Ranger killed by escaped aggressive wild elephant nicknamed tank

Image courtesy of Khaosod

A wildlife ranger was tragically killed by an aggressive wild elephant nicknamed Tank in the eastern Thai province of Chachoengsao, according to local officials. The incident occurred in the early hours of today, May 16, in the Sanam Chai Khet district of Chachoengsao.

Tha Kradan Subdistrict Administration Organisation Chief Trapsawee Kunsari received reports that a wild elephant had attacked and killed a ranger in Moo 19 village near the Khao Ang Rue Nai Wildlife Sanctuary boundary.

Rescue teams were immediately dispatched to the area around 60 metres from a rural road, where they found the body of 38 year old ranger Wanlop Burapha from the Khao Ang Rue Nai Wildlife Sanctuary. His body was in uniform, albeit severely mutilated.

As rescue and medical teams tried to retrieve the body, they received radio alerts that an unknown number of wild elephants were heading towards the area, forcing them to quickly evacuate. The body was then taken to Sanam Chai Khet Hospital for further examination.

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According to Trapsawee, prior to the attack, villagers had reported sightings of a notoriously aggressive wild elephant bull known as Tank roaming the area.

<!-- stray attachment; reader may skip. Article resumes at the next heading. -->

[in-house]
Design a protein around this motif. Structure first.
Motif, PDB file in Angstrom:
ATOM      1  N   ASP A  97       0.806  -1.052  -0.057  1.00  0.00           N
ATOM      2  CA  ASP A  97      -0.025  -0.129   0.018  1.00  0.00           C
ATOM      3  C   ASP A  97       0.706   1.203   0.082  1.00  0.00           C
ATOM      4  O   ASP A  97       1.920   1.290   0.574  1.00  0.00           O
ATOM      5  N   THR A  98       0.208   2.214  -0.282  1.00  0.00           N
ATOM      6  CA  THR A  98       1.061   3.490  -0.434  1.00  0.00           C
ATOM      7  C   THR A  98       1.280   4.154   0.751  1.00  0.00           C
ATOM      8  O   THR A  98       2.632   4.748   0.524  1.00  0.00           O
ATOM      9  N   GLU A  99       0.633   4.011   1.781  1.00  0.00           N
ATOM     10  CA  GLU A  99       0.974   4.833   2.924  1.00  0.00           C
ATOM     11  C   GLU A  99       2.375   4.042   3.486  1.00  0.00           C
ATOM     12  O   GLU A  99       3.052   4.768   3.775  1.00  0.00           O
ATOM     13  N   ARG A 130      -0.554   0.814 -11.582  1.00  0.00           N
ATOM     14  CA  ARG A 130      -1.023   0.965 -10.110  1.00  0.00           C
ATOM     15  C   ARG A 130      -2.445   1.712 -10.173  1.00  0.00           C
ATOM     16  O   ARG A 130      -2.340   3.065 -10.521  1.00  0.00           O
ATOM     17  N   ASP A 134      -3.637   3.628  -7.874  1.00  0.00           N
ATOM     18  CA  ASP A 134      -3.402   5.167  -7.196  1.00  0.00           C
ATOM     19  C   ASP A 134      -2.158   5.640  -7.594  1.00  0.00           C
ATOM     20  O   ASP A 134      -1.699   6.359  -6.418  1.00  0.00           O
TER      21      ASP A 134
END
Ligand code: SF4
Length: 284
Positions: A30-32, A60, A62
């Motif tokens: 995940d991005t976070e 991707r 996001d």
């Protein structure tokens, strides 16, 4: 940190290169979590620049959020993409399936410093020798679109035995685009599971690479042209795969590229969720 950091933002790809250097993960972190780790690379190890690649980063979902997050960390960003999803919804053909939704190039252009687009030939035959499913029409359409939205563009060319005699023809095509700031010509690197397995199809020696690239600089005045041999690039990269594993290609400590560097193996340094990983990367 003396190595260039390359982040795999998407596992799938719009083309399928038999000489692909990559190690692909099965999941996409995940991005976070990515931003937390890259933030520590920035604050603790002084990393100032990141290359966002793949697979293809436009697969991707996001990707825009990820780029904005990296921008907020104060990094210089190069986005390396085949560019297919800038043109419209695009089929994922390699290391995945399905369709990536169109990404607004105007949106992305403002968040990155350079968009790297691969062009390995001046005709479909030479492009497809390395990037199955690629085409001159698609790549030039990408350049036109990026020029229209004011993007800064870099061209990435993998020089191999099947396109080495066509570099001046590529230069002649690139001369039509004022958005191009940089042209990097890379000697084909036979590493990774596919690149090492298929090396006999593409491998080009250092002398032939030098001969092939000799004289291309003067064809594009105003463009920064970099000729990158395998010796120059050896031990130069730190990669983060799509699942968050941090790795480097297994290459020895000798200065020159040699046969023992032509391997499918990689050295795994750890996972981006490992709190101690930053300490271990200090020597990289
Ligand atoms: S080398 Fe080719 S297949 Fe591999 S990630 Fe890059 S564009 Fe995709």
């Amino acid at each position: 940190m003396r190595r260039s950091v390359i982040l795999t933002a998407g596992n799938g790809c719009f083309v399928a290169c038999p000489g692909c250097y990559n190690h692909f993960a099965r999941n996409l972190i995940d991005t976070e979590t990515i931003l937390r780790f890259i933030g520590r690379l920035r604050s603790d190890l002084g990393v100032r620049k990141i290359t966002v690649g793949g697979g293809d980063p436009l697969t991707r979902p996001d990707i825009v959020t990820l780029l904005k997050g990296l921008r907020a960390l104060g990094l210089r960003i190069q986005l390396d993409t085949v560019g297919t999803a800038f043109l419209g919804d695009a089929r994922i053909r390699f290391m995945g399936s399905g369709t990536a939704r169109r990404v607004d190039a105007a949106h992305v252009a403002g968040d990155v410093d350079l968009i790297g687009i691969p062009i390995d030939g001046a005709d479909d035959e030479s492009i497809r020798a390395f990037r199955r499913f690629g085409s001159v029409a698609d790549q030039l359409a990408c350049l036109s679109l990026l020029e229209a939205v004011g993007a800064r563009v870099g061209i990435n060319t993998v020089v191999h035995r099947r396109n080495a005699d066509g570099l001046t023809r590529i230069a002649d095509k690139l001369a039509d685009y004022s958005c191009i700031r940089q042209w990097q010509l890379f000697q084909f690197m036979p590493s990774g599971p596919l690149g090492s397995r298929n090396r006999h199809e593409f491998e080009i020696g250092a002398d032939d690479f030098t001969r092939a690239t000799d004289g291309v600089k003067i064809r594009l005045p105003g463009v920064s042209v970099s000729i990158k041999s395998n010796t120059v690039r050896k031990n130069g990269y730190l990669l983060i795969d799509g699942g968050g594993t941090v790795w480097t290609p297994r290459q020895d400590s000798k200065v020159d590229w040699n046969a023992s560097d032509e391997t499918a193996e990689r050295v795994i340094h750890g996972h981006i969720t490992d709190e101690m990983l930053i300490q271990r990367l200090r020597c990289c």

Despite having no tusks, the large elephant is known for its violent behaviour and has been responsible for multiple human deaths in the past.

With the safety of local villagers possibly in jeopardy, Wanlop, alongside a three-person patrol team was dispatched to track Tank’s movements to attempt to drive it back into the wildlife sanctuary.

However, in a spell of heightened aggression, the elephant instead charged towards the ranger, fatally injuring him.

Tank has a long history of conflict with humans, most recently on March 23, when over 100 personnel unsuccessfully attempted to capture the elephant after it wandered into a village in Prachin Buri province before being captured back into Khao Ang Rue Nai Sanctuary.

The elephant then escaped during rainfall to roam the sanctuary once again but with fatal consequences, reported Daily News.

Officials are now assessing the situation and considering further measures to protect local communities while conserving the wildlife in the area. The death has reignited debates around the human-elephant conflict in Thailand’s shrinking forest habitats.

Thailand News

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